By Diane Urbani de la Paz
Peninsula Daily News
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McClure, also a composer, played his tune “Other Side of Forever,” a piece of music that would resonate long after this night.
“I just swooned,” Bessier recalled, adding that her performance with McClure went so well that she couldn’t help but ask him a question.
“All of a sudden, I heard myself saying: ‘Would you consider producing a CD for me?’
“He said, ‘Absolutely.’”
Bessier and McClure did embark on a recording project, with hopes of playing again at The Upstage, the Port Townsend venue where they met.
Bessier, who had left her job as executive director of the Pacific Coast Shellfish Growers Association to pursue her music full time, became music director at Port Townsend’s Unity Church, performed with jazz musicians around the region and began raising money for a CD project.
Bessier and McClure went into the studio to record in early 2013. Then, toward the end of their sessions, Bessier contracted pneumonia.
“If you can’t breathe, you can’t sing . . . I was really sick for three, four months,” she said.
“It was an adventure of being on the couch, feeling frustrated.”
Then last summer, two things happened: The Upstage closed down in June and Bessier’s debut album, titled “Other Side of Forever,” was finished.
She’ll have her long-awaited CD-release concert at the Cellar Door, 940 Water St., this Tuesday from 6 p.m. to 9 p.m.
There’s no cover charge, but Bessier and her band will accept donations.
There have been other travails with this record, though.
The night after it arrived on the singer’s doorstep, she went out to see friends and stepped off a curb that turned out to be much deeper than she’d thought.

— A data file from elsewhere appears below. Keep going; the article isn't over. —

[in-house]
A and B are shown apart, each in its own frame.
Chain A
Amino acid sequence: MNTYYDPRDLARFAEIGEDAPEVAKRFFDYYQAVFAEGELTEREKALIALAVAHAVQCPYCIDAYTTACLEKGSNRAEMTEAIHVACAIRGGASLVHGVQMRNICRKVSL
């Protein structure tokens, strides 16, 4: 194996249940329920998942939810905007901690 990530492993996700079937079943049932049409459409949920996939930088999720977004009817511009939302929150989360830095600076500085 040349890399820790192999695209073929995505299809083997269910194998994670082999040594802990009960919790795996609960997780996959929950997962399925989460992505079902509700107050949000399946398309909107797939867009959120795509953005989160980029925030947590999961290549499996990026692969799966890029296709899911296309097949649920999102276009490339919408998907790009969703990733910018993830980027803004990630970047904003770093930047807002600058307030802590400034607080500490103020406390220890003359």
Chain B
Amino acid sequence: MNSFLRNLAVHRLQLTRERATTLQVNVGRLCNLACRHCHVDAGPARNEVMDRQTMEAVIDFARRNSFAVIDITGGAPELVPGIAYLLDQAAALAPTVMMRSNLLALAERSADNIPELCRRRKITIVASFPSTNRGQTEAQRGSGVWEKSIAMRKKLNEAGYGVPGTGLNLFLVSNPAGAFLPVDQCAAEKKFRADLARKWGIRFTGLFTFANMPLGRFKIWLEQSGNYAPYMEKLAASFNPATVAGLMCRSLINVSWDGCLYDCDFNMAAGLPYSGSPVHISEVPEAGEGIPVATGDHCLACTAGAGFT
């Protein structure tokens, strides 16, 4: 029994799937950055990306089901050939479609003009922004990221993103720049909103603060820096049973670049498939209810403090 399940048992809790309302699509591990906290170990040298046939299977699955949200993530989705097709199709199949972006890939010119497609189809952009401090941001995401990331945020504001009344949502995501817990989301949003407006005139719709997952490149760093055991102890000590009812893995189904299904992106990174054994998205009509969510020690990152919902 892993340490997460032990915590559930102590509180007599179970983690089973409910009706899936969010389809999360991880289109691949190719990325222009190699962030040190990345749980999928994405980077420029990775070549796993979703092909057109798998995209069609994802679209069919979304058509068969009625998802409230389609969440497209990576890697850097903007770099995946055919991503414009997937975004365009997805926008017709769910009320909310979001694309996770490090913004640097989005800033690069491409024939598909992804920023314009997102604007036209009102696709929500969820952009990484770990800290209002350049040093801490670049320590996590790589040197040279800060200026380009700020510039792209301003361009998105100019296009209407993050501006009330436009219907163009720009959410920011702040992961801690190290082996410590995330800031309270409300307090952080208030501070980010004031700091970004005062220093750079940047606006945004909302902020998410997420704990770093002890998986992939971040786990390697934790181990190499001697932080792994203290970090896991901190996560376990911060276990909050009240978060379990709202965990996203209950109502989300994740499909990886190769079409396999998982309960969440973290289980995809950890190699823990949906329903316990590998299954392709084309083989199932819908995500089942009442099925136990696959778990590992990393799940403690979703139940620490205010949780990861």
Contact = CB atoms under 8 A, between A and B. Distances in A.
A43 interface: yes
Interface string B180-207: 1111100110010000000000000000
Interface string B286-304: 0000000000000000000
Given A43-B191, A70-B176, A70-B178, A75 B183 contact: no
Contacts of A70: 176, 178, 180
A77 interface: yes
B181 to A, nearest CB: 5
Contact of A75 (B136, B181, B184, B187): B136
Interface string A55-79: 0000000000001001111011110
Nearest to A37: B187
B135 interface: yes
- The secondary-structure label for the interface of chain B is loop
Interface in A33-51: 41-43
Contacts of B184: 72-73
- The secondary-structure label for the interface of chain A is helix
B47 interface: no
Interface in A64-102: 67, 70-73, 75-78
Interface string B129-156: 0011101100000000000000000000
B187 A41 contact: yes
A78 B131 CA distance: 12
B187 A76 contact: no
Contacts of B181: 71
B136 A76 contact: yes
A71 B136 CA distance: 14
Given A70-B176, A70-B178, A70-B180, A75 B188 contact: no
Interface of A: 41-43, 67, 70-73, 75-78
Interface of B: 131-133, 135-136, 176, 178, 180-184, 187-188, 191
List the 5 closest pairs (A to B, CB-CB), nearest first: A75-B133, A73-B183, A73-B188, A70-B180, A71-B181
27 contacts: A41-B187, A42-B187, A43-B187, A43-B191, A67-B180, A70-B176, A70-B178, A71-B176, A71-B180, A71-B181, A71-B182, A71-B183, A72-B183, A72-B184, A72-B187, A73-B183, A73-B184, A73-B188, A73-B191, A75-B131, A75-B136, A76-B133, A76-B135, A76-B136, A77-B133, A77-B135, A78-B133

She fell, broke her leg in two places and tore an ankle ligament.
While Bessier was laid up, one of her band members had to undergo treatment for cancer.
Everyone is in good health again, Bessier reports, and this Cellar Door gig ought to be a sweet one.
With the BBC Trio — pianist Dave Bristow, drummer Kurt Bischoff and bassist Neil Conaty — the singer will fill the place with jazz standards, freshly arranged, plus originals from the new album: Bobby McFerrin’s “Jubilee,” Duke Ellington’s “Prelude to a Kiss,” Herbie Hancock’s “Harvest Time,” as well as Bessier’s own “Right Here, Right Now” and “Whisper.”
McClure, producer of the 11-track album, contributed his “Too Nice” along with the title song.
“More than anything else, it’s going to be really fun,” Bessier said.
“The BBC trio are smoking hot. When they get together, the music is more than the sum of the parts.
“There’s the reverence for the musical form itself — and they take that foundation and run with it.”
CDs will be available for $15 at Tuesday night’s show and at www.CDbaby.com, while more about the singer can be found at www.RobinBessier.com.
McClure, for his part, said he was impressed by Bessier’s passion for jazz — and by her maturity.
“Would that more singers would pace themselves in life,” he said, “and not put out [records] before they’re really ready.”
“It was a real pleasure to work with her,” added McClure, who won’t be able to attend Tuesday night.
He moved from Port Townsend to Desert Hot Springs, Calif., last year and has a busy performing schedule.
Bessier, meantime, is adding gigs to her spring calendar, such as March 29 at Wind Rose Cellars in Sequim and May 24 with the Latin-swing band Porto Alegre at the Juan de Fuca Festival of the Arts in Port Angeles.
Through it all, the song “Other Side of Forever” is still a favorite. It’s about appreciating life’s fleeting moments of beauty, Bessier said.
Even if it didn’t have lyrics, “the music itself would still speak to me.”
Features Editor Diane Urbani de la Paz can be reached at 360-452-2345, ext. 5062, or at firstname.lastname@example.org.